Adopting the 70’s work ethic of prolific and rapid releases, the German emotive rocking quartet follow-up last year’s A Hiding Place with their third studio album. At one time it wouldn’t be too hard to find descriptions of this band being described as bluesy rockers but it’s too dismissive of how versatile they are. Sonic Child complete with stunning album cover artwork proves once again as their previous album did, how they can stretch themselves and find plenty of different moods within the confines of their instrumentation.
They hit a groove when behind the wheel of Out of the City; they strum acoustically with somber hearts on Sad Song and languish in a shadow of tears when soaking up the blues on the epic Rock Bottom Blues. Maybe the momentum they built up with the previous two albums has taken their talent to a zenith of creativity in which they are trapped?
Some bands can capture a benchmark of quality seemingly with ease and you know when you buy their albums you will receive nothing short of satisfaction. Zodiac is just one fine example of this premise. If pushed by a fellow admirer of their output, you may reach the conclusion that this album doesn’t necessarily better any of their prior releases, but it still retains all you’d hope for.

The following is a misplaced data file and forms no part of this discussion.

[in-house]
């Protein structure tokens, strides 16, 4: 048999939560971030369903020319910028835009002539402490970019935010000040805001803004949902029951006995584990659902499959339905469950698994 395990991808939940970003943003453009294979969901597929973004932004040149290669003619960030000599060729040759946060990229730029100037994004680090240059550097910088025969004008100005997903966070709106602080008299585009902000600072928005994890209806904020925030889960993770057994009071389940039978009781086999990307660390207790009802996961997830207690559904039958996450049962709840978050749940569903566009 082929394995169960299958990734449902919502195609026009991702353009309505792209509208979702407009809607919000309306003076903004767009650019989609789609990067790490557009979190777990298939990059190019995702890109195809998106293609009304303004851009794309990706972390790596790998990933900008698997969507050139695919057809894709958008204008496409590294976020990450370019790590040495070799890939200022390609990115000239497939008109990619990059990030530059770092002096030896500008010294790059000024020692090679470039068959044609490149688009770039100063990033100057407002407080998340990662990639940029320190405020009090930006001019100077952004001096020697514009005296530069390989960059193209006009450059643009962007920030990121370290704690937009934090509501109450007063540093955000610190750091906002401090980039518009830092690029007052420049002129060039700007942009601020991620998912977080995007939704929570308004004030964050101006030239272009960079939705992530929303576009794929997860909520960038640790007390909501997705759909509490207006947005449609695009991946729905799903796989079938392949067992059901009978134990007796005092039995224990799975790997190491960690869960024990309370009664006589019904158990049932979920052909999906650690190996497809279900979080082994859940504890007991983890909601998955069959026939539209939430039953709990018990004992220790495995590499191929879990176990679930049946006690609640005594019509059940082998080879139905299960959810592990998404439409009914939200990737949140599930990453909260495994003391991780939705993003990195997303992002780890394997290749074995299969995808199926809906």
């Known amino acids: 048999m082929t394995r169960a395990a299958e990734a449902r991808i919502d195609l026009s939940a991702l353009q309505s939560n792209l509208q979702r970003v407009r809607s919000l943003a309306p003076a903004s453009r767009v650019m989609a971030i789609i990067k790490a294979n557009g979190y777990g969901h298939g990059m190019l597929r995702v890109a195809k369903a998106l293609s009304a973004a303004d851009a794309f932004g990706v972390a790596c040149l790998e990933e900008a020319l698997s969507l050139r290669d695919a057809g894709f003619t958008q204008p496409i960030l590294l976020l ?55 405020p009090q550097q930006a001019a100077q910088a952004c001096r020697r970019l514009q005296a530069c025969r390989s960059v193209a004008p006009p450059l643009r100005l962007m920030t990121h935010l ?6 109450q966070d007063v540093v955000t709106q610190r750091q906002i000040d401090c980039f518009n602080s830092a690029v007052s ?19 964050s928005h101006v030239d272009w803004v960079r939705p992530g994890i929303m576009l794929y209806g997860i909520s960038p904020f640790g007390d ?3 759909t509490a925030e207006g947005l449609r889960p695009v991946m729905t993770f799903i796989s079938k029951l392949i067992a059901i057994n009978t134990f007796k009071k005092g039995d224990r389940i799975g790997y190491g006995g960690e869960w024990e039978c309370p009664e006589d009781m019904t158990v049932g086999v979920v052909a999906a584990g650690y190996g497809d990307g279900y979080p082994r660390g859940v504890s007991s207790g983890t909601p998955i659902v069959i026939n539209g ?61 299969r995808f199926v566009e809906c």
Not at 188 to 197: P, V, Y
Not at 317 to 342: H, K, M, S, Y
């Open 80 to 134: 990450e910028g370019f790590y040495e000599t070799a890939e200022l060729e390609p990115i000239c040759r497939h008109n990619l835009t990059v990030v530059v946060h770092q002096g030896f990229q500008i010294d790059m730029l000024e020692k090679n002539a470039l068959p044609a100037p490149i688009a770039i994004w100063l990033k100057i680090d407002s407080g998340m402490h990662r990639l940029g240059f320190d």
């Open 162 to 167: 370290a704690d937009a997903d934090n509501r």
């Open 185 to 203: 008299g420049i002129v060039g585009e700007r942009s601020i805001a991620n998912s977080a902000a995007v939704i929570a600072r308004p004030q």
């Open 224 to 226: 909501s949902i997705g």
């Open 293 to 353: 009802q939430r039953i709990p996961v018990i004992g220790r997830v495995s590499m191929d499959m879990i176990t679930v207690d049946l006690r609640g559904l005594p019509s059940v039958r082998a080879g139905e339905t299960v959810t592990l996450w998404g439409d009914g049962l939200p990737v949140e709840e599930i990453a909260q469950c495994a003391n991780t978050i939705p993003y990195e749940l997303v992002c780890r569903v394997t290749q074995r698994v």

Bypassing comparisons of Nick van Delft’s uncanny ability to sound like Chris Rea in the vocal department, his performance meets expectation as does the band consisting of guitarist Stephan Gall, bassist Ruben Claro and Janosch Rathmer on drums. Official music videos have already been launched for the title track and A Penny and a Dead Horse which both reiterate the above verdict.
Official video for Sonic Child
With all things considered, this album is merely another example of what they do so well. It isn’t worth getting your knickers in a twist because as the band explain it’s Just Music at the end of the night. There are 12 nuggets to discover which all showcase their flair for emotive-driven rock music. Apart from the atmospheric opening number called Intro Who I Am which is carried along by the sentiment of the profound narrative depicting the outlook that music is all important to the individual concerned, it is business as usual. He has a point though actually.